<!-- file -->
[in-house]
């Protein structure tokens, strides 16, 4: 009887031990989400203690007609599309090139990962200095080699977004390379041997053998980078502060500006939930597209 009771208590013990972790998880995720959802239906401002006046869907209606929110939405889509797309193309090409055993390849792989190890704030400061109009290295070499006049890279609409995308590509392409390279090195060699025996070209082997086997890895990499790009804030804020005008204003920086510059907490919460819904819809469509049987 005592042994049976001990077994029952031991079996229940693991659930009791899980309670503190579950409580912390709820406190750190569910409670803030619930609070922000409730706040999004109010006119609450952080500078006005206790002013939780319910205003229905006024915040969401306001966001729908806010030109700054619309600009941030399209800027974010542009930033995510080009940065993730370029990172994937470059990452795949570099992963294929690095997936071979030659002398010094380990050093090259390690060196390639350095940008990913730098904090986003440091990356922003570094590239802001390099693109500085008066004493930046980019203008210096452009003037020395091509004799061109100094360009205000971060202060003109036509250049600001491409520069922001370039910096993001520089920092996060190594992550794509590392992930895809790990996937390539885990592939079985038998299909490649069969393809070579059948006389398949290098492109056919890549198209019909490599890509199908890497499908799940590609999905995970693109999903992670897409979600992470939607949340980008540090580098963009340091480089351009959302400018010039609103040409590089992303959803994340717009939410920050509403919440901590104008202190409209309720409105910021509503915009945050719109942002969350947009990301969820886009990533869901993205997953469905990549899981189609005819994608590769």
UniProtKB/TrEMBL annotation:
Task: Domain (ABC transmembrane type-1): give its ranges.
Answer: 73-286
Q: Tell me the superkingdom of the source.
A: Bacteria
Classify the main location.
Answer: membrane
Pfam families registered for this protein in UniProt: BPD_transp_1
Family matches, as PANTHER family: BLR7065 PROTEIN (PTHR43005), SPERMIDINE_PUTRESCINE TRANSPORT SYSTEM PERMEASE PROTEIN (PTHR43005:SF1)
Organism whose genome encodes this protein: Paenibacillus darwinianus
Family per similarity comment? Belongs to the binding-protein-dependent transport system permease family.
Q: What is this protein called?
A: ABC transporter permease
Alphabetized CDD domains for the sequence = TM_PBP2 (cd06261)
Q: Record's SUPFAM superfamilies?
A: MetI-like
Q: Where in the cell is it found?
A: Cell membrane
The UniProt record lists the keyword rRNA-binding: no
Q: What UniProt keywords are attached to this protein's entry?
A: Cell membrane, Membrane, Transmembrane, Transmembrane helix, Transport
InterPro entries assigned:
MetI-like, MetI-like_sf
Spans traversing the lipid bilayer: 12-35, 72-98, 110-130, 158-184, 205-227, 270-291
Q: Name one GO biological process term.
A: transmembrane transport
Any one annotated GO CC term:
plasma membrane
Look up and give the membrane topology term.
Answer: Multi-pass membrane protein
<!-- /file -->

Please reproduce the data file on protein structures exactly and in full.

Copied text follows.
[in-house]
């Protein structure tokens, strides 16, 4: 009887031990989400203690007609599309090139990962200095080699977004390379041997053998980078502060500006939930597209 009771208590013990972790998880995720959802239906401002006046869907209606929110939405889509797309193309090409055993390849792989190890704030400061109009290295070499006049890279609409995308590509392409390279090195060699025996070209082997086997890895990499790009804030804020005008204003920086510059907490919460819904819809469509049987 005592042994049976001990077994029952031991079996229940693991659930009791899980309670503190579950409580912390709820406190750190569910409670803030619930609070922000409730706040999004109010006119609450952080500078006005206790002013939780319910205003229905006024915040969401306001966001729908806010030109700054619309600009941030399209800027974010542009930033995510080009940065993730370029990172994937470059990452795949570099992963294929690095997936071979030659002398010094380990050093090259390690060196390639350095940008990913730098904090986003440091990356922003570094590239802001390099693109500085008066004493930046980019203008210096452009003037020395091509004799061109100094360009205000971060202060003109036509250049600001491409520069922001370039910096993001520089920092996060190594992550794509590392992930895809790990996937390539885990592939079985038998299909490649069969393809070579059948006389398949290098492109056919890549198209019909490599890509199908890497499908799940590609999905995970693109999903992670897409979600992470939607949340980008540090580098963009340091480089351009959302400018010039609103040409590089992303959803994340717009939410920050509403919440901590104008202190409209309720409105910021509503915009945050719109942002969350947009990301969820886009990533869901993205997953469905990549899981189609005819994608590769």
UniProtKB/TrEMBL annotation:
Task: Domain (ABC transmembrane type-1): give its ranges.
Answer: 73-286
Q: Tell me the superkingdom of the source.
A: Bacteria
Classify the main location.
Answer: membrane
Pfam families registered for this protein in UniProt: BPD_transp_1
Family matches, as PANTHER family: BLR7065 PROTEIN (PTHR43005), SPERMIDINE_PUTRESCINE TRANSPORT SYSTEM PERMEASE PROTEIN (PTHR43005:SF1)
Organism whose genome encodes this protein: Paenibacillus darwinianus
Family per similarity comment? Belongs to the binding-protein-dependent transport system permease family.
Q: What is this protein called?
A: ABC transporter permease
Alphabetized CDD domains for the sequence = TM_PBP2 (cd06261)
Q: Record's SUPFAM superfamilies?
A: MetI-like
Q: Where in the cell is it found?
A: Cell membrane
The UniProt record lists the keyword rRNA-binding: no
Q: What UniProt keywords are attached to this protein's entry?
A: Cell membrane, Membrane, Transmembrane, Transmembrane helix, Transport
InterPro entries assigned:
MetI-like, MetI-like_sf
Spans traversing the lipid bilayer: 12-35, 72-98, 110-130, 158-184, 205-227, 270-291
Q: Name one GO biological process term.
A: transmembrane transport
Any one annotated GO CC term:
plasma membrane
Look up and give the membrane topology term.
Answer: Multi-pass membrane protein